Welcome to MDC!
This is a great forum for working moms especially, because we face some unique obstacles (both professional and personal) that are really hard to deal with if you are by yourself. First of all...WOW!.....being in the military is tough. I'm impressed! Being a mom in the military has got to be even tougher!! You must be very strong and courageous, both qualities that will serve you well in finding the right balance between work and motherhood!
I totally commiserate with you! It is almost a physical pain that one goes through. Although I am not in the military, I chose a career path (law) that is not overly family friendly. I work in the public (gov't) sector, so my hours were much more reasonable, but they still conflicted with my ability to balance work and family. That is one of the toughest things a woman has to do, I think. The balance is an ongoing process, though infancy, toddlerhood, pre-school, gradeschool, etc. We are constantly trying to find the right blend. Just when we find it, then something changes....
Anyway, here's a look at my attempt to balance both: I was the main breadwinner (carrying the insurance and a bigger salary) I had 11 weeks of paid maternity leave. Unheard of for corporate America, but it was barely enough time for me to adjust to the thought of being a Mother, let alone time to actually *parent* my precious baby. DH started his own business and worked out of our house, so we had a wonderful sitter who came to our house and stayed with dd while I was at work. I cut my hours as short as possible and even came home to nurse during lunch. On average, I worked 30-35 hours. Sounds like a nice balance? Not really. To be precise, I snuck out of the office every day, dashed like a bat out of H*LL to get home, nursed dd, tried to get her down for a nap, and then rushed back to work and tried to appear like I wasn't gone for 1.5 hours or so! Needless to say, the stress was overhwelming at times. At work, I pored over Babycenter.com and MDC boards, because it helped me feel connected as a parent. In between, I was trying to discreetly pump. On top of that, I snuck out early to go home at the drop of a hat! But, I was unwilling to change the schedule. Changing meant that I would spend more time at the office and even LESS time with DD.
Like you, I grieved for the time that I was away from dd, for the moments that someone else held her, for the lost chances.
No matter how much I tried to rationalize it, my gut told me that I WAS missing out on things. The question then became, for me, Could I handle this? She, on the other hand, was totally thriving.
Me? I was more and more torn. I felt like something had to give. I was tired of playing "catch-up" You know, where you try to squeeze in "quality time" or you try to make up for being gone. You hope and pray that when the next milestone comes, you will be there....I finally realized that I wasn't the same person after having dd that I was before having dd. Whereas my path and career were pretty mapped out before, now, things were different. I was different. At the same time, I also realized that time was going by so fast. Before I knew it, my little baby was a toddler, walking, starting to talk, etc. A year flew by and I was no more "balanced" than I was when I went back to work!!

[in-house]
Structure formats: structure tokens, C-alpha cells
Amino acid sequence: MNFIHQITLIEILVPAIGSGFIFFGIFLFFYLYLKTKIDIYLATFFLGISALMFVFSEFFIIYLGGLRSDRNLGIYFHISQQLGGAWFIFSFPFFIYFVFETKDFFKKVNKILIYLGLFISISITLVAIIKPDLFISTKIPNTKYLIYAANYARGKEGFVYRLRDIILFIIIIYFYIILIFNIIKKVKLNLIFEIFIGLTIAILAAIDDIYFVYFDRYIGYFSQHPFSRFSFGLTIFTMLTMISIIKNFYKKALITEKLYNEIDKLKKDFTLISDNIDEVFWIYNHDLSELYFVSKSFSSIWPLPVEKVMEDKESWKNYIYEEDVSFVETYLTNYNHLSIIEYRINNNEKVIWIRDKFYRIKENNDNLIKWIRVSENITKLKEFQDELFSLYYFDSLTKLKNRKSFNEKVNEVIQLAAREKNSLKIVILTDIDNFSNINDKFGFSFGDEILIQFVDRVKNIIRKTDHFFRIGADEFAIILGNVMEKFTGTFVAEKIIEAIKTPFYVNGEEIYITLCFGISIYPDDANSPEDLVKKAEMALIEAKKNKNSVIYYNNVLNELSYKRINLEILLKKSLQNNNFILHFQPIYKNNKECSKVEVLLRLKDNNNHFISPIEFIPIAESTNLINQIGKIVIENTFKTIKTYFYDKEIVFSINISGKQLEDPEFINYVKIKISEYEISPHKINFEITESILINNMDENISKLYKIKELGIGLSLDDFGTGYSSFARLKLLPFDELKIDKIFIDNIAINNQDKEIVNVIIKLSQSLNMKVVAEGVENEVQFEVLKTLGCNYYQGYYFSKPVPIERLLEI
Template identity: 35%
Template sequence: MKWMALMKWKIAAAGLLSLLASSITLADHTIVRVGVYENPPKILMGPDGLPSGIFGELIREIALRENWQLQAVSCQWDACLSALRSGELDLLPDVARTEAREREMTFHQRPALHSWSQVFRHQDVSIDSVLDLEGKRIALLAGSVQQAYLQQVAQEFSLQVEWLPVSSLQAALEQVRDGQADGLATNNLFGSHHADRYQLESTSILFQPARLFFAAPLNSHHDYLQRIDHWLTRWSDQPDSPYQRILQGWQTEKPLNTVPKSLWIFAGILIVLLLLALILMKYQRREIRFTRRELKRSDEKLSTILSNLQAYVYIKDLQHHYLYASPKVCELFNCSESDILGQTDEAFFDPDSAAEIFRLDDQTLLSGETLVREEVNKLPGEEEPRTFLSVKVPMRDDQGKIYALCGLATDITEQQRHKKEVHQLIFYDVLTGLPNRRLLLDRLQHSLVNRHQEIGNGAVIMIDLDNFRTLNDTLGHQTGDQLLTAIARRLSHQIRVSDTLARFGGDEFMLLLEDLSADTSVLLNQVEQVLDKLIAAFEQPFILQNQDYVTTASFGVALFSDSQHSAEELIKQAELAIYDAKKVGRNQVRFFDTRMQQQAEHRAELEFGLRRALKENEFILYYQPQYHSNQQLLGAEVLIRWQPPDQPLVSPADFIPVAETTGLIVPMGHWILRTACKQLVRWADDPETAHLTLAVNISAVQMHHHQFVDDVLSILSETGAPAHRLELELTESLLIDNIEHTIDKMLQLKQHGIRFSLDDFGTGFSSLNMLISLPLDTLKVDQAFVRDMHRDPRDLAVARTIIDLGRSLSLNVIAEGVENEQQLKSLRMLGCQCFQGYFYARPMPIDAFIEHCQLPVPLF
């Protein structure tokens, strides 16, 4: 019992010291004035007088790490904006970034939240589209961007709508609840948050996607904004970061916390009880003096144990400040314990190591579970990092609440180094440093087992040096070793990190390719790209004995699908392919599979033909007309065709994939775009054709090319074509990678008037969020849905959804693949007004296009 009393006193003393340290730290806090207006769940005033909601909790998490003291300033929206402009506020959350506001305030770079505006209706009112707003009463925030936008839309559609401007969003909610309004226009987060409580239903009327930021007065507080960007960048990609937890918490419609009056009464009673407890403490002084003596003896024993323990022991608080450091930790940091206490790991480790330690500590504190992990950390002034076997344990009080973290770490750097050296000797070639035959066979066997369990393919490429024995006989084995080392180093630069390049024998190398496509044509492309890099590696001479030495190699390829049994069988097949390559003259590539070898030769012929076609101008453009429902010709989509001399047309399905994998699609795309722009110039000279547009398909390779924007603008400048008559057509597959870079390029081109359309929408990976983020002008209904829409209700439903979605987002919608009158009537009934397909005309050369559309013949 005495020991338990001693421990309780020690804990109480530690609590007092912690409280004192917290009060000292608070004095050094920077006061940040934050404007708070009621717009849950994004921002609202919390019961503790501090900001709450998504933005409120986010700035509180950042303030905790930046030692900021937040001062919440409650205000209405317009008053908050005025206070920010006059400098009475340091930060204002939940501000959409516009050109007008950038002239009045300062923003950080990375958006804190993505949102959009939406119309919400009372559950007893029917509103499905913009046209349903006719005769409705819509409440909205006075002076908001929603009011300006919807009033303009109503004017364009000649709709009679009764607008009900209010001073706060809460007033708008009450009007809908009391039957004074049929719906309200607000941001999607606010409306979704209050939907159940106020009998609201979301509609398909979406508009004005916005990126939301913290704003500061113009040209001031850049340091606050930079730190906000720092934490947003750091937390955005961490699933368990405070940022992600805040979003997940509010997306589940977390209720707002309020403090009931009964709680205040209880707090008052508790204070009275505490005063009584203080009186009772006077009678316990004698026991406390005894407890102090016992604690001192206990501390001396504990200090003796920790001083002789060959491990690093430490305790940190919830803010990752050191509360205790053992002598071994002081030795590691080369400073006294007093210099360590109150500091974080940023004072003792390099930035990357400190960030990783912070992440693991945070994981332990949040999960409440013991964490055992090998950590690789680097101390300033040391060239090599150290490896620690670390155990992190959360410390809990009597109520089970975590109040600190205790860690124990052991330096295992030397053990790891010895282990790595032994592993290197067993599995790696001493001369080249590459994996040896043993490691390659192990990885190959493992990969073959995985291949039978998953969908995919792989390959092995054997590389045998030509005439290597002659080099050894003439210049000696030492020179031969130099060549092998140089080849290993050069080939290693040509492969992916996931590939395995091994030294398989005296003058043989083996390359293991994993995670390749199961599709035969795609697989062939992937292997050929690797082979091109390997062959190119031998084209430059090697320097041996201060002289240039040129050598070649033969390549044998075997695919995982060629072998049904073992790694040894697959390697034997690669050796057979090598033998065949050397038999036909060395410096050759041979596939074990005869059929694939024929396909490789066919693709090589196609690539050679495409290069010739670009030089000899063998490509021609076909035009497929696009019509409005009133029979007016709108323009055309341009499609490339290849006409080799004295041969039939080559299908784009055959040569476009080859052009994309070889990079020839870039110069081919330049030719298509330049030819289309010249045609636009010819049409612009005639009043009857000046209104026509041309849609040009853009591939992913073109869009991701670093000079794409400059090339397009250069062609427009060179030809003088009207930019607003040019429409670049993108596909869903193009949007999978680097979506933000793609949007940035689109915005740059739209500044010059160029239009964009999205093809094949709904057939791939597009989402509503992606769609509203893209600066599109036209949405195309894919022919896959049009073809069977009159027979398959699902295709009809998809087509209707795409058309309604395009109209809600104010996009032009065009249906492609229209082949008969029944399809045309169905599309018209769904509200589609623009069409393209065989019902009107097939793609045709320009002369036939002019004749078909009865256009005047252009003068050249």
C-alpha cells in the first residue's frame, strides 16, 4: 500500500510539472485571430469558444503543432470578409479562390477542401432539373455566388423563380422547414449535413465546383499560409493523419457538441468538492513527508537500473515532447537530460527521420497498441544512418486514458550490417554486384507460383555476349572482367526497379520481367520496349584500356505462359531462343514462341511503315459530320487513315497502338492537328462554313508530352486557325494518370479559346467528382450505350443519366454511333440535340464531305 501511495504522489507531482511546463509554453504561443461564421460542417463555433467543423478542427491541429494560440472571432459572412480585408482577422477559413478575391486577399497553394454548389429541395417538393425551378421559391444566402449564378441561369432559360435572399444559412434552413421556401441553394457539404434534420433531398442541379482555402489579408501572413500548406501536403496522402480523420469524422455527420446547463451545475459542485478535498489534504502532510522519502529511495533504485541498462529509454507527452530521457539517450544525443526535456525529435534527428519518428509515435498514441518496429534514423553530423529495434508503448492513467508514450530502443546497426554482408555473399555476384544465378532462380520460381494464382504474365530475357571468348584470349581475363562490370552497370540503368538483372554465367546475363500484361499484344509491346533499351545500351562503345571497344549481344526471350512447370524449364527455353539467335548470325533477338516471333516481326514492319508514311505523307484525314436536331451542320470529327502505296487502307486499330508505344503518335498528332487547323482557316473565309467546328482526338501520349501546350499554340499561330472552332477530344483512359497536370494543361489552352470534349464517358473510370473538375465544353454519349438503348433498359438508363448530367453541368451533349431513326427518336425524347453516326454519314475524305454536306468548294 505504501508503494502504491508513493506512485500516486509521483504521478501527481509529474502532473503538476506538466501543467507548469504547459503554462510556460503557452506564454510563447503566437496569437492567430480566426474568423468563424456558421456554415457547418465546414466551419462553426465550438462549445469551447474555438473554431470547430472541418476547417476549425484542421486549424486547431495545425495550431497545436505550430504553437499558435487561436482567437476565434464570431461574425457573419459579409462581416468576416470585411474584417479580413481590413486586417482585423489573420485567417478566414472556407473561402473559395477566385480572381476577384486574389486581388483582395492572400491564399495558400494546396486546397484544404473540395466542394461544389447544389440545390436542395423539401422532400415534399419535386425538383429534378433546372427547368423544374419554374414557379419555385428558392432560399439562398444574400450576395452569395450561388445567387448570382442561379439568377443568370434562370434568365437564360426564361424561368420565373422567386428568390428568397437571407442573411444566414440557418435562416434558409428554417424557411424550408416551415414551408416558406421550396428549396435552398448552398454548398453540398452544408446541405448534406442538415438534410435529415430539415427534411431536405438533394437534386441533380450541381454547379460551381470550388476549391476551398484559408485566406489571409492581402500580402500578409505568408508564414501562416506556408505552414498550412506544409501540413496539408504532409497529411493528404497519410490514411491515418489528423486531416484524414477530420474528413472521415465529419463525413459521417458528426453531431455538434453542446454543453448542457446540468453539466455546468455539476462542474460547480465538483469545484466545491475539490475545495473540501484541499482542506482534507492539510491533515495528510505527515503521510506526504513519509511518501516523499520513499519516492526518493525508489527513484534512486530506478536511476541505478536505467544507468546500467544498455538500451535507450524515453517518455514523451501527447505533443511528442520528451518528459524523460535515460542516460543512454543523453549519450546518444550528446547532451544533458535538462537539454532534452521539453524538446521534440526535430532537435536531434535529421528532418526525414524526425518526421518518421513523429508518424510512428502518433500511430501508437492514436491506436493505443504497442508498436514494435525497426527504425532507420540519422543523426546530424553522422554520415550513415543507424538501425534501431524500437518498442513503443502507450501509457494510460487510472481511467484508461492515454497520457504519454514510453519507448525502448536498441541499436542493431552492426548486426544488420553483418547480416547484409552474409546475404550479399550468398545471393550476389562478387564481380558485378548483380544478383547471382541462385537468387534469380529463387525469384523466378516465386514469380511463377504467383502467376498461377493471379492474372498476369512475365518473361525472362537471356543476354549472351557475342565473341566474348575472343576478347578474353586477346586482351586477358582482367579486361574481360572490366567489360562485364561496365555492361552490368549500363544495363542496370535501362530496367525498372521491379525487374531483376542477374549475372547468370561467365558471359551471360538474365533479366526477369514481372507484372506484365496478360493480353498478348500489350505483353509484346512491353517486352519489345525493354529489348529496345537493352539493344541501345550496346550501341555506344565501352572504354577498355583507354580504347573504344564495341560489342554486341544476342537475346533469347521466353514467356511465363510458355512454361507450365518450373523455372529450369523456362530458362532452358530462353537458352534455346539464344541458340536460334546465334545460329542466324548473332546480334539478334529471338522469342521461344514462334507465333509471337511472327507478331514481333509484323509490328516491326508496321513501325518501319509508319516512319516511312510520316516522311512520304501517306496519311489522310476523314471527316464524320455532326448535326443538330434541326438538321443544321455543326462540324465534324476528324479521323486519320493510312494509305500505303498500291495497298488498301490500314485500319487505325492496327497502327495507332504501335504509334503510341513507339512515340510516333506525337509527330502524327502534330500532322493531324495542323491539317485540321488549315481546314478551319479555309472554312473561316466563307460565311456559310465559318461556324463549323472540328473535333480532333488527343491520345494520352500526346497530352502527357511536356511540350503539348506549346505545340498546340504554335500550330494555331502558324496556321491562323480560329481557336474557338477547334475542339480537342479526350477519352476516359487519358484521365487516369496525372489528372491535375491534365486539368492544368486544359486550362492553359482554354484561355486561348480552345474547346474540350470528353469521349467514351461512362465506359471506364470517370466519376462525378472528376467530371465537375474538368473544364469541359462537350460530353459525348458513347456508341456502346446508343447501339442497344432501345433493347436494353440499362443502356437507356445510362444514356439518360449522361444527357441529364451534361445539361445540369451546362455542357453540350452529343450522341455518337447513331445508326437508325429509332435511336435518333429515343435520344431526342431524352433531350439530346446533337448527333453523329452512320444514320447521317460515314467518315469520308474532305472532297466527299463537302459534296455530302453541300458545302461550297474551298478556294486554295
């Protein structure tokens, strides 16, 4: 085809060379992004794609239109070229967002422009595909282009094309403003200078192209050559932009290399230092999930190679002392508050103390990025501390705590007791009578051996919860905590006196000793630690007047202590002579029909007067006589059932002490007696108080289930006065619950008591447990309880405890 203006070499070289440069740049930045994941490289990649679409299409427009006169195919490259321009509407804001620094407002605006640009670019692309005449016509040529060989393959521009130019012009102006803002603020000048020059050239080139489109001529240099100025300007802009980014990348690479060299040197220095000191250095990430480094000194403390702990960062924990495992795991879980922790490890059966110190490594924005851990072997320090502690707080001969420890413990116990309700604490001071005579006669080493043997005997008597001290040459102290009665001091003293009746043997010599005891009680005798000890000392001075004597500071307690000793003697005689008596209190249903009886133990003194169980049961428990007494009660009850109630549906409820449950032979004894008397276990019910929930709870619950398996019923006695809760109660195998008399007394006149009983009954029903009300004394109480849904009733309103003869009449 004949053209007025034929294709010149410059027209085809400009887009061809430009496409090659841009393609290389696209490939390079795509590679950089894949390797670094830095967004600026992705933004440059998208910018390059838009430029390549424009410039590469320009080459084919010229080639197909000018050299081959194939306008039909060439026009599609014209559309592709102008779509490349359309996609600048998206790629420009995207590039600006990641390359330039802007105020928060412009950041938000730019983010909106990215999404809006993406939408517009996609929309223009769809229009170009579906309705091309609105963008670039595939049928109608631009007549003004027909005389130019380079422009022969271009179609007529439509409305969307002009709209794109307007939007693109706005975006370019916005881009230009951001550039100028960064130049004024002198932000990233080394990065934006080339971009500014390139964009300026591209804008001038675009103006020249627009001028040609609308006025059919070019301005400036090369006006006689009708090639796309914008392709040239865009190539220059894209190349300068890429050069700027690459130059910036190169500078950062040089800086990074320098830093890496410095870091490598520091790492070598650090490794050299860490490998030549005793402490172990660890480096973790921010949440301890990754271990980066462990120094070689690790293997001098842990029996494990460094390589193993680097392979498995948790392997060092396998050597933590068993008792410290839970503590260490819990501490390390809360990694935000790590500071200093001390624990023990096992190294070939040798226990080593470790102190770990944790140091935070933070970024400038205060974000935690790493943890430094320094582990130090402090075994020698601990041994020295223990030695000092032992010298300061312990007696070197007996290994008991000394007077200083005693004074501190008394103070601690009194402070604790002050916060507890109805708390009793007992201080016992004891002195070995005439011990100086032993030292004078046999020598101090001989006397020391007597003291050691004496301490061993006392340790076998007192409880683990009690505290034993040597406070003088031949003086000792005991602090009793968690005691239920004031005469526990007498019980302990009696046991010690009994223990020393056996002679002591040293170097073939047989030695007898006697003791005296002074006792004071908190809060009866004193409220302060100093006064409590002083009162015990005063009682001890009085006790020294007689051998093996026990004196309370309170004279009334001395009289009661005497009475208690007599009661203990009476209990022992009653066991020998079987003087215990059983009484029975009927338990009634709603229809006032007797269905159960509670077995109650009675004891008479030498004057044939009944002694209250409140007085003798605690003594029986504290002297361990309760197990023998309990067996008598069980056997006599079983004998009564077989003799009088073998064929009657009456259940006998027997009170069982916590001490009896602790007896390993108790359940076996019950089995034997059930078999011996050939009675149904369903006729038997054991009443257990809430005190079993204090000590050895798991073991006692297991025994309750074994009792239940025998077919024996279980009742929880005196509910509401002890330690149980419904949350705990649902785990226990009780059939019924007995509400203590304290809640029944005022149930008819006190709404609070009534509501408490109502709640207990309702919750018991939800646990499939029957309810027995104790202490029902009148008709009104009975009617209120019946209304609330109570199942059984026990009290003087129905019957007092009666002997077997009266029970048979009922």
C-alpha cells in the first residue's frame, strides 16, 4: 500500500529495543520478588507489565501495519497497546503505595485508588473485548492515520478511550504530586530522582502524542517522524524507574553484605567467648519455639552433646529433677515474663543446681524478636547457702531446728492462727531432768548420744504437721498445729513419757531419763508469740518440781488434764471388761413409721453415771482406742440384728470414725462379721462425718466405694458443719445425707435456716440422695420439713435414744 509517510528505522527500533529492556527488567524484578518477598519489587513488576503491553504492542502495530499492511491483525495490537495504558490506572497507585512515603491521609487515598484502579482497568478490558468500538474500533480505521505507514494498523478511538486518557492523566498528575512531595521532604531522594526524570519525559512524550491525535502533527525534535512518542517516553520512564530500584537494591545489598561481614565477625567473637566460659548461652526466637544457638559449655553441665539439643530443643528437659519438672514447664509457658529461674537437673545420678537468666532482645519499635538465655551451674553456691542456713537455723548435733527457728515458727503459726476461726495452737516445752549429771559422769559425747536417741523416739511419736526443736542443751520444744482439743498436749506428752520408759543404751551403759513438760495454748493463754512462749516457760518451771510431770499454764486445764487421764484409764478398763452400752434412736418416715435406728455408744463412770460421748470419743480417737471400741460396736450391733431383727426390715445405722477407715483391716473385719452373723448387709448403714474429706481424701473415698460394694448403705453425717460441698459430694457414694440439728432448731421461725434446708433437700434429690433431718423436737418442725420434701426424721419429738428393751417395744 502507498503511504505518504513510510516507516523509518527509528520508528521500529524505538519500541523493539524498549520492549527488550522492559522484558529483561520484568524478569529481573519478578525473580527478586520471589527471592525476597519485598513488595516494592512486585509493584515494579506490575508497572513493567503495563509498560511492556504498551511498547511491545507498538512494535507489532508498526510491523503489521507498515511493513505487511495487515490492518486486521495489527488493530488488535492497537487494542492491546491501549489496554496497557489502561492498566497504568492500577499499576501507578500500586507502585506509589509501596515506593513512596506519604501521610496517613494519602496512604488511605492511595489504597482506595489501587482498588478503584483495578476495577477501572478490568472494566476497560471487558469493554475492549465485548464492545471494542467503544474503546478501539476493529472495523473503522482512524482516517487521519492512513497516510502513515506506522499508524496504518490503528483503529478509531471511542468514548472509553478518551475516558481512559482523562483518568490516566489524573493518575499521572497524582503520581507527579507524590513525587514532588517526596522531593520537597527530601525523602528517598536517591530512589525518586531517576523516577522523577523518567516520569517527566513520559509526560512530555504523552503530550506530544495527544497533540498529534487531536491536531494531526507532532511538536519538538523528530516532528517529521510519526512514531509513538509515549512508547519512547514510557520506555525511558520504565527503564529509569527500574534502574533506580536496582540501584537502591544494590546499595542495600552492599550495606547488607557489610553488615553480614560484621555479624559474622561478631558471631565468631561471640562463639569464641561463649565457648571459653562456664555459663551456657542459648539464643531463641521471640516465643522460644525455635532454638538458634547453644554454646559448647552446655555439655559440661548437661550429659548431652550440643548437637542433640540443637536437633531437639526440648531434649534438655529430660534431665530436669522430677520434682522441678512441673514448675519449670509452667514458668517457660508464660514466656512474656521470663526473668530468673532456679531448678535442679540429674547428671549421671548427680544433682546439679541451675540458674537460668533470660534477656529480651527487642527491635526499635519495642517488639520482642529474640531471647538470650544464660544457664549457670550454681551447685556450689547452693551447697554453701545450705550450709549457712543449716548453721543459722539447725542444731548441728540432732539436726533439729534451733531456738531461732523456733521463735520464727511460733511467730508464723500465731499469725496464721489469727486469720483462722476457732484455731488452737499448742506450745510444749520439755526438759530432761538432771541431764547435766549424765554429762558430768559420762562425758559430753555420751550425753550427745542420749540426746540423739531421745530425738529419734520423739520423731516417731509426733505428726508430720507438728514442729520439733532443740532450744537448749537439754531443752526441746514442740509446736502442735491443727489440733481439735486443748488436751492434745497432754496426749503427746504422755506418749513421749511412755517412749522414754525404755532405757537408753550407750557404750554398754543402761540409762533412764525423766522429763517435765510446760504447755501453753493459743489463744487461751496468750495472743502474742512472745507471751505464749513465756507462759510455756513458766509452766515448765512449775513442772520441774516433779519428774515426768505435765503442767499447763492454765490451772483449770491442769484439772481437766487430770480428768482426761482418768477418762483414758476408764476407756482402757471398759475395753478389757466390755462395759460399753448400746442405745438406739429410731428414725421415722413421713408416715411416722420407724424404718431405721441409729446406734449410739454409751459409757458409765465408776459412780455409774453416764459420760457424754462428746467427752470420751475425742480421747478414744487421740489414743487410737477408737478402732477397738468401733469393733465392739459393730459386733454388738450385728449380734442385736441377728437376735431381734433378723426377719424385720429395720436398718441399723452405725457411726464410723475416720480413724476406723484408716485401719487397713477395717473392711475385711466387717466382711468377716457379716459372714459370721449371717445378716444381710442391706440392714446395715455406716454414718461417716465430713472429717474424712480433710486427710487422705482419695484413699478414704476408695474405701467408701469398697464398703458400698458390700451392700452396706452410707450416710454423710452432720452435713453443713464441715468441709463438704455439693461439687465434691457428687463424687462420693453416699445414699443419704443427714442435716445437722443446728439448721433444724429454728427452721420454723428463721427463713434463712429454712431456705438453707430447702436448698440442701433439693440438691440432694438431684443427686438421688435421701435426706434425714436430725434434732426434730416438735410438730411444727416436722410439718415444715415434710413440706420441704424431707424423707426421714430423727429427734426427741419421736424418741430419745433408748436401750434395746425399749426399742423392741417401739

Fast forward a few months. I continued to long to be home more and decided I would be happy working only part-time. Needless to say, giving a part-time mom employment was not on the priority list for employers, but after A LOT of red tape, I finally secured a pt position with the County. DH and I sold our condo in the city and moved to the suburbs, thereby reducing our cost of living. DH, who was formerly self employed as a contractor, had to go out and find a full time job with benefits, which I didn't carry anymore since I worked only PT.
It is now going on 8 months and I feel that I have finally found some "balance"...at least for now! I wouldn't trade my schedule for the world. It fits perfectly for me right now. We had to make some sacrifices, but I think in the big picture, they will be minore. What strikes me is how "transitory" all of this is. Even now, I think how much dd has changed (she's 2 now) and how in a few months, she'll be in pre-school....Yikes!
I think the day that it will be time for me to enter the work force full time will be the day that I start to envy the FT mom's at work. Naturally, working pt is a little bittersweet as I see my colleagues moving up in the office, getting promotions, etc. But, when I see the women who have children, I feel bad for them, not envious.
Sorry this is so long. I just wanted to let you know that I totally sympathize with you. It's ok to feel sad. It is agonizing to realize that your priorities have changed but that circumstances around you haven't. It is even harder when the environment of your chosen career is not conducive to being a mom. Co-sleeping, breastfeeding, attachment parenting, etc, all help to maintain your connection to your dd. It sounds like you are doing a wonderful job. Expressing your feelings and voicing them out loud is also very crucial. You're also so lucky to have your DH be a SAHD. At least you don't have to spend $ on childcare and your dd is with a loving parent. Take heart that we are all in the same boat. We all have to find our "balance" in different ways, whether it is extended materinity leave, part time, cutting hours, or simply acknowledging that we are doing the best that we can under the circumstances we have. Peace be with you and your family!!
mama to a sprited 2 yr old